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Intro to Film: Editing

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Intro to Film: Editing

  1. 1. Week 8 LectureEditing
  2. 2. The Role of the Editor• The basic role of the editor is thecoordination of one shot to the next• They also eliminate unwanted footage,selecting only those takes that are usable• Eliminate superfluous frames: Those beforethe direction says “action” and after he say“cut”• Decide the best way to transition from oneshot to the next• The editor’s job is closely tied to thedirector’s. The director has to be mindful ofthe way they choose to shoot certainscenes so that they will edit togethersmoothly
  3. 3. What makes a good editor?
  4. 4. The Psychology of Editing• In Walter Murch’s book “In the Blinkof an Eye”, he discusses thepsychology behind film editing:• "There are places in a conversation where itseems we almost physically cannot blink orturn our heads (since we are still receivingimportant information), and there are otherplaces where we must blink or turn away inorder to make better sense of what we havereceived. And I would suggest that thereare similar points in every scene where thecut cannot or must occur, and for the samereasons."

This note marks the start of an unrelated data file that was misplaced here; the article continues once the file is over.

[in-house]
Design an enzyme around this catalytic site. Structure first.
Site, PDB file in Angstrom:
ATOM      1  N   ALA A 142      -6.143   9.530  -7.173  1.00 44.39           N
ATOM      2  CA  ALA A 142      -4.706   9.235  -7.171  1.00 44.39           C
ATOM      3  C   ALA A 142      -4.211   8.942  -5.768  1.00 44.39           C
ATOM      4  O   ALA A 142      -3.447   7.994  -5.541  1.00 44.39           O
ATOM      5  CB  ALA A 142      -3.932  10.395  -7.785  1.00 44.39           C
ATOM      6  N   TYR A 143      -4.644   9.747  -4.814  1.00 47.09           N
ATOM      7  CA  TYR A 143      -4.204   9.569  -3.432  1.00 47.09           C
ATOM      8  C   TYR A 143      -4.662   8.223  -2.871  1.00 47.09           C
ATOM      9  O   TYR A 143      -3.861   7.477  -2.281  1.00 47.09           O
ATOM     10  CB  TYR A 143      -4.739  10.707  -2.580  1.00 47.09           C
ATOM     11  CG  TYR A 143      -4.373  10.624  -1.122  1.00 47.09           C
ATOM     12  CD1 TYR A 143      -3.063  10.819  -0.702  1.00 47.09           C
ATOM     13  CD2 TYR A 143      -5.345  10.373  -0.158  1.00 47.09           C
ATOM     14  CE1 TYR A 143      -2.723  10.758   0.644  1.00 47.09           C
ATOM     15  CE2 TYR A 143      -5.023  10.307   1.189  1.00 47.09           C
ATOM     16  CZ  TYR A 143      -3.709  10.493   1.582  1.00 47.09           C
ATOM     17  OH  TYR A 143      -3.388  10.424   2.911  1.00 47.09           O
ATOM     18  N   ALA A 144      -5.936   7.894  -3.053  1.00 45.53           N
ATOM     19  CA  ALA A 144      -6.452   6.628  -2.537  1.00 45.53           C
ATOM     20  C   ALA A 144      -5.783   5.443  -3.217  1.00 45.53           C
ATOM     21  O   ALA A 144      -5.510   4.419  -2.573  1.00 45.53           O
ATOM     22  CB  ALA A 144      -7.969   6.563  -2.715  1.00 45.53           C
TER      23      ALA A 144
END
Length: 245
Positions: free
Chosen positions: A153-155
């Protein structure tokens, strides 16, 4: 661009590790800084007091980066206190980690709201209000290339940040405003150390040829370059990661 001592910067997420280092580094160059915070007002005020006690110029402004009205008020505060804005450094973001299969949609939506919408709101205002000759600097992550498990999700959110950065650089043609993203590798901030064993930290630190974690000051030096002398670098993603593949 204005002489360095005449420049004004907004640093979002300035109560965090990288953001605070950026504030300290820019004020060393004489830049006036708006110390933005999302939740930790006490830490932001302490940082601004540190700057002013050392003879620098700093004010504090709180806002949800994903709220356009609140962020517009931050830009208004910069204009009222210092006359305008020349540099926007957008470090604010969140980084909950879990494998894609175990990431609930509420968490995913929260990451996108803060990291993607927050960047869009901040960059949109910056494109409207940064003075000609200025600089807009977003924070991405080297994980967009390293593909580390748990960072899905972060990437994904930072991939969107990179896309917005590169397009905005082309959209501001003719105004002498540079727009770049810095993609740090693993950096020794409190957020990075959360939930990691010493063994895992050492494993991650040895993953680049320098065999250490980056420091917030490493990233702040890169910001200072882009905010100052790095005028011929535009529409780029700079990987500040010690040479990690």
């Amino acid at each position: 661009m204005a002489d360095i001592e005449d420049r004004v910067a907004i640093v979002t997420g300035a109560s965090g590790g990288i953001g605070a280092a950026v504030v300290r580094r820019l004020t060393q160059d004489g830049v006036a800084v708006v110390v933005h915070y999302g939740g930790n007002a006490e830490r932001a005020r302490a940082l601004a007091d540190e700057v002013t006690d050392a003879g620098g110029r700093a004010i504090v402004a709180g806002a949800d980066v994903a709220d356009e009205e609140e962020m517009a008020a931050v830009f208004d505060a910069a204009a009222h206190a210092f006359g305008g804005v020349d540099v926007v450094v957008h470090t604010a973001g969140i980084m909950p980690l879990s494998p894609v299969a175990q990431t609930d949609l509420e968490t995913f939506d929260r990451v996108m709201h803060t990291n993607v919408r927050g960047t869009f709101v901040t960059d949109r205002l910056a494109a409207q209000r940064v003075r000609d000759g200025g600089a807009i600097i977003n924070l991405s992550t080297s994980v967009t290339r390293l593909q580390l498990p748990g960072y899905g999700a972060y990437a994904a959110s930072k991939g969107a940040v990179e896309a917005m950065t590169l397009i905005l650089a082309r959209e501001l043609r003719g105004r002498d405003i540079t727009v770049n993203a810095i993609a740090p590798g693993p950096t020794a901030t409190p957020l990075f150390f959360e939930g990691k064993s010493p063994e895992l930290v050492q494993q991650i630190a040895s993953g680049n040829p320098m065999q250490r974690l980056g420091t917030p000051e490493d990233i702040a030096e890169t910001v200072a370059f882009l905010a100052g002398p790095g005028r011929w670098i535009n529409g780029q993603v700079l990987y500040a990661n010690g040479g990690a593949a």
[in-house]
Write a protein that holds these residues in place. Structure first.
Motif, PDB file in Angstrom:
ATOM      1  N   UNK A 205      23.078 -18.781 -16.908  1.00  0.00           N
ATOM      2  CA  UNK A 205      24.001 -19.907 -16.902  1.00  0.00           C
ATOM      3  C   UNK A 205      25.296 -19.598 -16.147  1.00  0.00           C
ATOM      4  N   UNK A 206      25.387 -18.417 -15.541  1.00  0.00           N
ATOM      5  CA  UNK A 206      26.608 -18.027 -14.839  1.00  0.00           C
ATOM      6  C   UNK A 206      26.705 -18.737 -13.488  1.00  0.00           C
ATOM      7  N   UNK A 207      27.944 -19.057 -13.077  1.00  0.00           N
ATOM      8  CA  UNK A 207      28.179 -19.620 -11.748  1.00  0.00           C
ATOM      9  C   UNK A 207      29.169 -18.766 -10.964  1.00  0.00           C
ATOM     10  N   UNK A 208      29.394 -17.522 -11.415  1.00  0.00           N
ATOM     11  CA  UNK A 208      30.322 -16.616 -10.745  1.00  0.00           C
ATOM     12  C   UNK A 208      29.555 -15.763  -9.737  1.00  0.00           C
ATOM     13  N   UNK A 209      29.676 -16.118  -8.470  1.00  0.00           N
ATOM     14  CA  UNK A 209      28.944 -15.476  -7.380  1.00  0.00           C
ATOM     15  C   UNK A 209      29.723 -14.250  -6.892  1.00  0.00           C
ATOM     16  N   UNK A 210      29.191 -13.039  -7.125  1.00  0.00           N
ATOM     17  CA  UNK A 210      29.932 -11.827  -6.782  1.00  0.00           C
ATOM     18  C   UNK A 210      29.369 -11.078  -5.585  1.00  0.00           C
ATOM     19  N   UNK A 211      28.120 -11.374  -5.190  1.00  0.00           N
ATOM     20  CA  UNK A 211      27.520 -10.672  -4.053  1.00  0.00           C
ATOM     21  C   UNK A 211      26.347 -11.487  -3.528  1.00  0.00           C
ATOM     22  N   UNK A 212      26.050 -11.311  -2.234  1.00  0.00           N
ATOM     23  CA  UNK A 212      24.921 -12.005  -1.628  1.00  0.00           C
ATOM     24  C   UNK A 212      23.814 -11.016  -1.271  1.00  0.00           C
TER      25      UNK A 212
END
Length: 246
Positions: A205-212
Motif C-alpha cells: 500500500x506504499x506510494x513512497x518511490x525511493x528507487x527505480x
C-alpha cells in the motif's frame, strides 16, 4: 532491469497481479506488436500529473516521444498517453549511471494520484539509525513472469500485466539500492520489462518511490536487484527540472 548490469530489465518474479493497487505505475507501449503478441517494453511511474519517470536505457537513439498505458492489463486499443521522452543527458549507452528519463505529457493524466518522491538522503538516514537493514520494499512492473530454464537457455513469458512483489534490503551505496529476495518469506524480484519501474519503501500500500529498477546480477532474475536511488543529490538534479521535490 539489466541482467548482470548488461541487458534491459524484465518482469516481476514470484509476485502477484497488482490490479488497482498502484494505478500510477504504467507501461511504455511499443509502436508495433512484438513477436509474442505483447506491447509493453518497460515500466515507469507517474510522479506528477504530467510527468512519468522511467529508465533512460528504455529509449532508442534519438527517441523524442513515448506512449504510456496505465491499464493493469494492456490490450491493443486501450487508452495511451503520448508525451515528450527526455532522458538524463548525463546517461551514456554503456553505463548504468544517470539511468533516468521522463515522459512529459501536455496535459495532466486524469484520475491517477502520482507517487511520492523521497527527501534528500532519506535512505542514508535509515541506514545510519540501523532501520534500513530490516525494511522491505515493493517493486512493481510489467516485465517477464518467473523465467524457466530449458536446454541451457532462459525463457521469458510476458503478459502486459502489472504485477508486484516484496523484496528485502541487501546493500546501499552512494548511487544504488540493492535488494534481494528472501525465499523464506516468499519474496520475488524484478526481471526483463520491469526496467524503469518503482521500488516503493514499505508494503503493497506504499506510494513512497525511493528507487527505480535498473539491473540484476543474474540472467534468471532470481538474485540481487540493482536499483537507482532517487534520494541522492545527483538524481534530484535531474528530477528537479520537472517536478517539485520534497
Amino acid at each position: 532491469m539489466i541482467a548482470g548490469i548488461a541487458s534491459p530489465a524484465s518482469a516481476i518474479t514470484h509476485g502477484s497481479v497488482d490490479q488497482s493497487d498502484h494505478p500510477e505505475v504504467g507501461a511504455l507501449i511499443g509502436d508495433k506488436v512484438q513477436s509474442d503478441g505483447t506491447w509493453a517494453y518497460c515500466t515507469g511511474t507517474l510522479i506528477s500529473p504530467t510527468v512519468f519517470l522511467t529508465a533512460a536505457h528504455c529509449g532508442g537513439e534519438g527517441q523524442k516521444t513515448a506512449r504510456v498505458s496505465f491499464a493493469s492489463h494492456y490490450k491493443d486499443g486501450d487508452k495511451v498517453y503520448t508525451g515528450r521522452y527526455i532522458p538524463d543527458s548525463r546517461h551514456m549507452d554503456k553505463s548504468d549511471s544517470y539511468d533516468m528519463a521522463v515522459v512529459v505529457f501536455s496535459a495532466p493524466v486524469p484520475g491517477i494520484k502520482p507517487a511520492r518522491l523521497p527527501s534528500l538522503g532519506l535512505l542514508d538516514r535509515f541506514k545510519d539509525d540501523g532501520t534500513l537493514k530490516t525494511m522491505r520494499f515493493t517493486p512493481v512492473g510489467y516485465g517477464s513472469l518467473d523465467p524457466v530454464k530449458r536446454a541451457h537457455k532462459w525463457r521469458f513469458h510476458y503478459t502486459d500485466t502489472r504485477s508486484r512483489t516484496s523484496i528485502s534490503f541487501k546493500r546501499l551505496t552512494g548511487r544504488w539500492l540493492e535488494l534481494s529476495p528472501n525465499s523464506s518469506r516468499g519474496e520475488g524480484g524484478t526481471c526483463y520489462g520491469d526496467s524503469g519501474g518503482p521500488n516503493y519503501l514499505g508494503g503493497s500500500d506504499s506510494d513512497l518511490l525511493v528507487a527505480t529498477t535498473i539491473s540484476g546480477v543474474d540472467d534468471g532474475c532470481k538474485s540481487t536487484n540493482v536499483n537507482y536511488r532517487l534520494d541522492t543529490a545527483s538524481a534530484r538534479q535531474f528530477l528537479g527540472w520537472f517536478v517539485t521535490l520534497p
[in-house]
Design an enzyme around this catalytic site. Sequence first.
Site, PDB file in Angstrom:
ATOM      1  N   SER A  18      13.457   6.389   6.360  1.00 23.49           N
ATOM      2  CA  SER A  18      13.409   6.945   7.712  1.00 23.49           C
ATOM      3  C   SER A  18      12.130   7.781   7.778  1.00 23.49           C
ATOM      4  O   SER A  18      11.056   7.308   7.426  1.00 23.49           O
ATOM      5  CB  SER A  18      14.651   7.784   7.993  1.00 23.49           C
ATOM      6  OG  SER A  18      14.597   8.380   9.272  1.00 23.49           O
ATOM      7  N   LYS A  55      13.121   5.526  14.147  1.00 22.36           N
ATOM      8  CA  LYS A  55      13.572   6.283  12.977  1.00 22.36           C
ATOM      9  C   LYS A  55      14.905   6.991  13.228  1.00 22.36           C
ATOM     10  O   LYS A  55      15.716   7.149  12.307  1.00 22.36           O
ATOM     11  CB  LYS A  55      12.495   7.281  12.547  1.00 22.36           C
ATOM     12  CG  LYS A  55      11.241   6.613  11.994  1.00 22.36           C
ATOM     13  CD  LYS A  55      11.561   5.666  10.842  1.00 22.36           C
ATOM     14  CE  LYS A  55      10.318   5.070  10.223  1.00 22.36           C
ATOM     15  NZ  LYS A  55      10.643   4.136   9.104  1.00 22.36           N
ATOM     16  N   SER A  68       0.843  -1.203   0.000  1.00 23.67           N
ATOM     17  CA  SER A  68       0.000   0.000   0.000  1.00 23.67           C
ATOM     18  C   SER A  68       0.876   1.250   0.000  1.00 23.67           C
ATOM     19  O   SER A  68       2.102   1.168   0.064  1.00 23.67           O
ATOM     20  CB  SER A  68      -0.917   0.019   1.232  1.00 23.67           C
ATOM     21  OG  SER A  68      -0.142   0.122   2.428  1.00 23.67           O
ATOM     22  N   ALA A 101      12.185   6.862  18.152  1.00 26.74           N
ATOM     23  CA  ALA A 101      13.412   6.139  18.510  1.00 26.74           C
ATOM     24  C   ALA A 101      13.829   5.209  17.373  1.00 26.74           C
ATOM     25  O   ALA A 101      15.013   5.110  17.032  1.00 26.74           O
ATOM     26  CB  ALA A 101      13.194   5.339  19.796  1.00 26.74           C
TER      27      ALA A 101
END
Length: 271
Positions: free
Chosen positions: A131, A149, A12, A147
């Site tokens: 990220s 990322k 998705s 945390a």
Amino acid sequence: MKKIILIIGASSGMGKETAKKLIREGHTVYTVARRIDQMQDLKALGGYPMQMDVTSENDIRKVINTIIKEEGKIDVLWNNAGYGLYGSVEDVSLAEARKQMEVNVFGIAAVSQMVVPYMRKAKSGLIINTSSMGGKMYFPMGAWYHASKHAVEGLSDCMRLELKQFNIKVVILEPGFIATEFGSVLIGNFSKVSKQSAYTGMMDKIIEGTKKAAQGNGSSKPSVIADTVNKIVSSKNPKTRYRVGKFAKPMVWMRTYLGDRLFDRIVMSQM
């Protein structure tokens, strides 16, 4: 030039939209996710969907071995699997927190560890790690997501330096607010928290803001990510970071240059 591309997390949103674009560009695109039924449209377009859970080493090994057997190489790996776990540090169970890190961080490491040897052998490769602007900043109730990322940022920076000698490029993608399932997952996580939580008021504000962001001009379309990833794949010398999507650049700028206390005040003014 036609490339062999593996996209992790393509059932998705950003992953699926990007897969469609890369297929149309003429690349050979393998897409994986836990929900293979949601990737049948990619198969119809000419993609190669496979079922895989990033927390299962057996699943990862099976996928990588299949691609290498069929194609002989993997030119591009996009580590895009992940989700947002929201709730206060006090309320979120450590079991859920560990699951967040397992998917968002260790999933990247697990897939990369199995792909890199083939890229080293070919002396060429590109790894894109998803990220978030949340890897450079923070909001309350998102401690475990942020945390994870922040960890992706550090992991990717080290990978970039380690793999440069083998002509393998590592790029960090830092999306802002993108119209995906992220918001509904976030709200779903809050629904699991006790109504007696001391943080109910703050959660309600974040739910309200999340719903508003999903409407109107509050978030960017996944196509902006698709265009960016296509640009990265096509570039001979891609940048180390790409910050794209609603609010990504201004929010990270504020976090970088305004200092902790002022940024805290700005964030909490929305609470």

5. 5. Editing Transitions• The term “cut” is derived from the way in which filmeditors would have to literally cut the film and piece themtogether with either tape or cement• Editors use transitions to signal a relationship betweendifferent shots• Cuts: A transition between two shots that share the same physicaland temporal space• Dissolve: a gradual transition between two shots that show achange in space/time• Any time that they audience feels that there is abrupt shiftin space/time between two shots in a film, this is referredto as a “jump cut”• Jump cuts can sometime be used for stylistic effect
  6. 6. A Bit of Editing History
  7. 7. Stylistic Decisions in EditingRealism Classicism FormalismRealism Classicism FormalismSpectrum taken from Gianetti’s “Understanding Movies”Sequence ShotsThe Arrival of aTrainCutting toContinuityA Trip to the MoonClassical CuttingThe Birth of a NationThematicMontageThirty-two ShortFilms aboutGlenn GouldAbstract CuttingRhythmus 21• Like directing styles, editing styles can be classified by the ways in which theediting is obtrusive upon the creation of meaning in the audience• Films that are edited with more realism, use less editing and allowaudiences decipher spatial and psychological relations for themselves,while more formal films are more particular about the images that theyplace in front of the audience